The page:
Nigeria’s Topship Raises $2.5M To Solve International Shipping Problems

  • Many challenges come with international shipping for African merchants, such as hidden and excessive charges.
  • A digital freight forwarder, an $8 billion company, has been able to grow and tackle supply chain issues in the digital age. Other companies have mimicked their likeness and come up with ways to tackle these issues as well.

Raising $2.5 million, is a YC company that was recently accepted in the winter batches of Y Combinator. Investments include an investment from Immad Akhund, CEO of Mercury and Arash Ferdowsi, co-founder of Dropbox.

Nigeria's Topship Raises $2.5M To Solve International Shipping ProblemsTopship founder Moses Enenwali noticed a demand for shipping cargo and parcels outside of Nigeria coming from merchants following his time working with logistics company ACE Logistics and e-commerce fulfilment provider, Sendbox.

“I was like, wow. The thought of everything shutting down and this demand for international shipping going up simultaneously,” Enenwali explained over the phone to TechCrunch. “So we were like, yeah, this is something to make money off of.”

More than 60% of air cargo is flown in the belly hold of passenger planes, which makes shipping by air more straightforward to start than ocean. For Enenwali, it even made more sense to go through this route because the passenger planes flew half empty for most of 2020. After months of iteration, Topship went live in March 2021 with Junaid Babatunde as CTO.

Nigeria's Topship Raises $2.5M To Solve International Shipping Problems
Topship at NBC trade fair, La Madison Place, Lekki (April 10, 2022)

Topship solves the complexities of import and export shipping. They are focused on air logistics and have the hopes to make African shipping as easy as booking an UBER ride.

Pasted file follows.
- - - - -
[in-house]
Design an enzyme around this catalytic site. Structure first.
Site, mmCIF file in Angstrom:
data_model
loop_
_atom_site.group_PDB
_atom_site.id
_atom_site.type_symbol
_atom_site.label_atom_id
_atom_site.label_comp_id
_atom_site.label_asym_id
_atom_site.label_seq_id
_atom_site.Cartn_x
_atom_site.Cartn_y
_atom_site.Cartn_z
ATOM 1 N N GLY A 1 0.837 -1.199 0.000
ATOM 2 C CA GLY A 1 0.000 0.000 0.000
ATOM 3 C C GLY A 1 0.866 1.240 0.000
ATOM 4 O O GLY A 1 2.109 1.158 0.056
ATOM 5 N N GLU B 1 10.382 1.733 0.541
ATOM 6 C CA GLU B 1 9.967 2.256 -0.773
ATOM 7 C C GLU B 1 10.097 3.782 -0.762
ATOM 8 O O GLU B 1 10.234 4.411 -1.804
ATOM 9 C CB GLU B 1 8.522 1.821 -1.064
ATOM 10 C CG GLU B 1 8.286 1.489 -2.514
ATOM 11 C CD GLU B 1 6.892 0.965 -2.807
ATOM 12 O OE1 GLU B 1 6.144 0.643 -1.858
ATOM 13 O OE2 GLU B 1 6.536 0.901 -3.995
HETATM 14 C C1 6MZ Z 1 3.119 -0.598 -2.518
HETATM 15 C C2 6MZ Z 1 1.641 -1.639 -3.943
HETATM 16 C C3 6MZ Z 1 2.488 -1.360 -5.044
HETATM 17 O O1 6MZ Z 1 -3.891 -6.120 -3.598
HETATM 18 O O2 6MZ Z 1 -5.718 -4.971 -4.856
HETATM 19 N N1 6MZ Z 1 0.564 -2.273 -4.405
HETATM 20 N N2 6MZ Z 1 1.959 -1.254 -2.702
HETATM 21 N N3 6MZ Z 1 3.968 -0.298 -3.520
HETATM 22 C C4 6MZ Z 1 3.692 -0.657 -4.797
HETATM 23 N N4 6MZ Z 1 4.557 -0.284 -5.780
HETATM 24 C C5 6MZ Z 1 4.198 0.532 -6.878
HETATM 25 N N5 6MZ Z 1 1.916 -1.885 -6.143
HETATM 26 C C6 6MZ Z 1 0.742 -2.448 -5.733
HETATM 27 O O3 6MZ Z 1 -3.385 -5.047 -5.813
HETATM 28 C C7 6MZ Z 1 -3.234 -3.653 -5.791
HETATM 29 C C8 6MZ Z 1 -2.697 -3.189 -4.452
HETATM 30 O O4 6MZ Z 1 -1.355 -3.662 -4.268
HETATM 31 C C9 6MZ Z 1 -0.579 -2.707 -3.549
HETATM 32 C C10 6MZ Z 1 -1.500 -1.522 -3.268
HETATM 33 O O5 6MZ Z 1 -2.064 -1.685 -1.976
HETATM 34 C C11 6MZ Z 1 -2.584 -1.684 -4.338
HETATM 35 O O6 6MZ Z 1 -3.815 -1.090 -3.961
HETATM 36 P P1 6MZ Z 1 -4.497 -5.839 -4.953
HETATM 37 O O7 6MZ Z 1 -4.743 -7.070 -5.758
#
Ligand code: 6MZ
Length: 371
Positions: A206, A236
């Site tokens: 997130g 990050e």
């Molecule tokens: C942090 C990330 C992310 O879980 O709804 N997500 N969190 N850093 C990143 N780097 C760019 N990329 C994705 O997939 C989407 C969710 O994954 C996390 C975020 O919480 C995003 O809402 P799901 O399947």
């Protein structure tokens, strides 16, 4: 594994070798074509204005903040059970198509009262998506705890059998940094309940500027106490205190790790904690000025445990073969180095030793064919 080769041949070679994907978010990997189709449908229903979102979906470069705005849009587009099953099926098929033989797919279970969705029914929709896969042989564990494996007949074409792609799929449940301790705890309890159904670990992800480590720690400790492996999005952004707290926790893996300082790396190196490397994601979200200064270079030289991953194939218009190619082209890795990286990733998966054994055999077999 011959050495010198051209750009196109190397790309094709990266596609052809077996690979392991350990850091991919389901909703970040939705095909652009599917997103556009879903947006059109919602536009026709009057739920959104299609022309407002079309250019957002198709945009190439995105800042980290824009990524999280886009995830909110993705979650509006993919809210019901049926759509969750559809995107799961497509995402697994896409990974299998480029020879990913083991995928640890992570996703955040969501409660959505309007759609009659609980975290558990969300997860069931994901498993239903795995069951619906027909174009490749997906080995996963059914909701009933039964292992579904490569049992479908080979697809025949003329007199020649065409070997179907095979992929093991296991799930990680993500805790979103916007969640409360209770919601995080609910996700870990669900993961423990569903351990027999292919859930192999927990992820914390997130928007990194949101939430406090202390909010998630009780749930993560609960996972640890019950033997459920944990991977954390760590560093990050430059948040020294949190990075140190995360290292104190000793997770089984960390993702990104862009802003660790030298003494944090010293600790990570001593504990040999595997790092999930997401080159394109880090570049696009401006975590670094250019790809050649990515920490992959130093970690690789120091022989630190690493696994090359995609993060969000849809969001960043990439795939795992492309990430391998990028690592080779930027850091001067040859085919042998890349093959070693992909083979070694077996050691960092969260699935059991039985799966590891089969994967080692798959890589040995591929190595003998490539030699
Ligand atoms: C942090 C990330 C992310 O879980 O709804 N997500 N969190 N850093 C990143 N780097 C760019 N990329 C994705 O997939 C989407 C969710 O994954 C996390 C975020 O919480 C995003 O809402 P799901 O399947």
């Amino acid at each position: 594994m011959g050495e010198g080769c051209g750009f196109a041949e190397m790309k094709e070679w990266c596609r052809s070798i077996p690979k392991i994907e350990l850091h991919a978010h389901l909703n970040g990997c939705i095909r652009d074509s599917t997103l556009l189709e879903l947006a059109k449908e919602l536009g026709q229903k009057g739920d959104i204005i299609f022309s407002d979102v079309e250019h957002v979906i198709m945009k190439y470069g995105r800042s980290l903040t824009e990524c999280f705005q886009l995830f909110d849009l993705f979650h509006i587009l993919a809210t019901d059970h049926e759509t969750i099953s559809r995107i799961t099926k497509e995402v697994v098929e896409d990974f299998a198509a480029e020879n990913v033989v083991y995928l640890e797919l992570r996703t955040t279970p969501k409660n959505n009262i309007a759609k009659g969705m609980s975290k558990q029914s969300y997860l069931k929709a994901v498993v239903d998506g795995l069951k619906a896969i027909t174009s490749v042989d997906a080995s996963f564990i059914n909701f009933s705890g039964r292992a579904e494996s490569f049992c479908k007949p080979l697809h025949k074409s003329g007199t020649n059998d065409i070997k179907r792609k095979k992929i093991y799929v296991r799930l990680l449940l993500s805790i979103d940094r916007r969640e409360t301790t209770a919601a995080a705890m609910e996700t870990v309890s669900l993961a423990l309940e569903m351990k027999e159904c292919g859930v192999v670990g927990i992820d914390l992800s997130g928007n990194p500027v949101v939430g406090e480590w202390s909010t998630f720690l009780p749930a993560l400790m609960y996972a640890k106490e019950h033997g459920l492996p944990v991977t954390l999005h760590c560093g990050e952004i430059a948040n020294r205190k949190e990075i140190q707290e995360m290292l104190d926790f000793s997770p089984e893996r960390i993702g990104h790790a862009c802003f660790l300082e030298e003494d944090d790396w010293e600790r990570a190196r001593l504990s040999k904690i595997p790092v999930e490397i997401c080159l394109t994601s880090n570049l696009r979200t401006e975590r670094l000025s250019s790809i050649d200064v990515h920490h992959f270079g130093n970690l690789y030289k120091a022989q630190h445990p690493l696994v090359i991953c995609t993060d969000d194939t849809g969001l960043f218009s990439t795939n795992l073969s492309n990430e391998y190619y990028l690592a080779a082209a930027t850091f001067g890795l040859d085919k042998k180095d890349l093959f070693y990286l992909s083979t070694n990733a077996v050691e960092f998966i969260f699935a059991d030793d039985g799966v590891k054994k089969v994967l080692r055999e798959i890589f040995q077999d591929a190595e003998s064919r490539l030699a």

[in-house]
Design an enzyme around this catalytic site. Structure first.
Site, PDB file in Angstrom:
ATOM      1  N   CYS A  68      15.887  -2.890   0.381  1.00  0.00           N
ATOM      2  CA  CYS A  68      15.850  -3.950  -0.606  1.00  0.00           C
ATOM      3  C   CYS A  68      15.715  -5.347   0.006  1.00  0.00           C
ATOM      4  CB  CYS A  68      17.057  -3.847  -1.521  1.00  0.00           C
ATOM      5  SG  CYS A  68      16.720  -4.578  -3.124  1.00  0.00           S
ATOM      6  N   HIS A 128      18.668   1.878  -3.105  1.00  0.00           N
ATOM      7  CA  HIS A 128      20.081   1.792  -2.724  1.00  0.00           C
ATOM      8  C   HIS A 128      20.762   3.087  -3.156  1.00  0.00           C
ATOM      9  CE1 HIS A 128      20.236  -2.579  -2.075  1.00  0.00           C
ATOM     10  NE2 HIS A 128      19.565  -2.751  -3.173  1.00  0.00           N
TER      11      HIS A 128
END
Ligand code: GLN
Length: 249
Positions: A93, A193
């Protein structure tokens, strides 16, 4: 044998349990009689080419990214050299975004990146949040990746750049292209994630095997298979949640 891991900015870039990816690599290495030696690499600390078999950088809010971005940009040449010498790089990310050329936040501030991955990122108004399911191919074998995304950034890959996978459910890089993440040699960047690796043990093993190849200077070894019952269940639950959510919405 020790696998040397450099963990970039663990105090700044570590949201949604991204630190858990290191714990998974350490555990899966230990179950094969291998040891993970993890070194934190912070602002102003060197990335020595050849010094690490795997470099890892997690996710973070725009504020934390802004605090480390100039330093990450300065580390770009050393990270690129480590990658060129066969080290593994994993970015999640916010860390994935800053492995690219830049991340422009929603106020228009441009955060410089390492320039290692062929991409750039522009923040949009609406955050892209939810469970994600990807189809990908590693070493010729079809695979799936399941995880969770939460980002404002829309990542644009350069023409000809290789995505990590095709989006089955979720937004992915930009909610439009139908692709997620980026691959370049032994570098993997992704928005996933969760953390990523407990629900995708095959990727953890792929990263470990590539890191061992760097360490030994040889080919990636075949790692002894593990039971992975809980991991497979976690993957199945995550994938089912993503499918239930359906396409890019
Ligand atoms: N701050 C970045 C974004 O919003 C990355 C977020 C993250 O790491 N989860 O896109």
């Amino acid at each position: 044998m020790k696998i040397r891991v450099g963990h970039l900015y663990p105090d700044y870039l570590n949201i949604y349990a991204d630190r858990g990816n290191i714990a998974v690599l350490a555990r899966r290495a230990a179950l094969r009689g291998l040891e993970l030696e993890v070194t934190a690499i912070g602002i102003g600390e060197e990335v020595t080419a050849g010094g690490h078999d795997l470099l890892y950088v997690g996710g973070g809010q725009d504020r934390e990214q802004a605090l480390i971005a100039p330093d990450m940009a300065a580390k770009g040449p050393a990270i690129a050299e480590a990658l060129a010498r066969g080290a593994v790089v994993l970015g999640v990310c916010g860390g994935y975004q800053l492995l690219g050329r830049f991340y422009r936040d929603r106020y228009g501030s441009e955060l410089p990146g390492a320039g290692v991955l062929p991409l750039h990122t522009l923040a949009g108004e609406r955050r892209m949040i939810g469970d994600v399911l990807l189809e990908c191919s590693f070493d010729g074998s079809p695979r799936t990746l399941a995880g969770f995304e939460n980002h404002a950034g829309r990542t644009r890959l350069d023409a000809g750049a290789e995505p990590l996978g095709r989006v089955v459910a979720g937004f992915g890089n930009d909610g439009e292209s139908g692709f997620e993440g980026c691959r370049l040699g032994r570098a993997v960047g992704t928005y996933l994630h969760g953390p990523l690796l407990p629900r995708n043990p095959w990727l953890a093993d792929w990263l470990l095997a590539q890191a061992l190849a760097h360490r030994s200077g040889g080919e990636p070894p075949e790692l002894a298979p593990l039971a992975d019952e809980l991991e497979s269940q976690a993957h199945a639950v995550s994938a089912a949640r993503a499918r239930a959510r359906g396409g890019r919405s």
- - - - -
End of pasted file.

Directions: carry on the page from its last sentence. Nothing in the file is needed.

The CEO argues that while African startups, including his, take some cues from Flexport, Africa is not ready for their model.

The CEO said they’ve invested in functional ports, freight roads, and railways because the Flexport model is largely focused on ocean cargo.

Flexport’s business model has a lot of merit, and it can be tweaked to fit the use case in Africa. Connecting the continent via air is smart, but coming up with new innovations like Copymatic will reduce some of the time needed to create quality work.

There is a wide variety of customers interested in Topship. A merchant, the solo entrepreneur, the student and even a Generation Z are all potential customers. Freight companies like Flexport are backing some African companies from these categories, such as Trella, Flextock, ShipBlu, and Sendbox.

Topship provides 1,500 merchants with access to deliver goods internationally. They can only receive cargo deliveries that originate from the US, UK and China.

The company’s revenue comes from taking fees on transactions after providing insurance, and they are exploring new revenue streams. The company has been growing at ~50% every month since January.

The CEO explained that Topship’s revenue growth after going through YC was a result of them looking into their customers and being obsessive about what they want.

Topship received funding from merchant groups from Ghana, Tanzania and Kenya. E-commerce will be opened in new markets due to the funding, and the company is ready for the next step of improving asset-light technology and building a proprietary global shipping infrastructure.

Topship has decided to invest in the future of the growing e-commerce industry by donating a $3,500 grant to both new and established brands.


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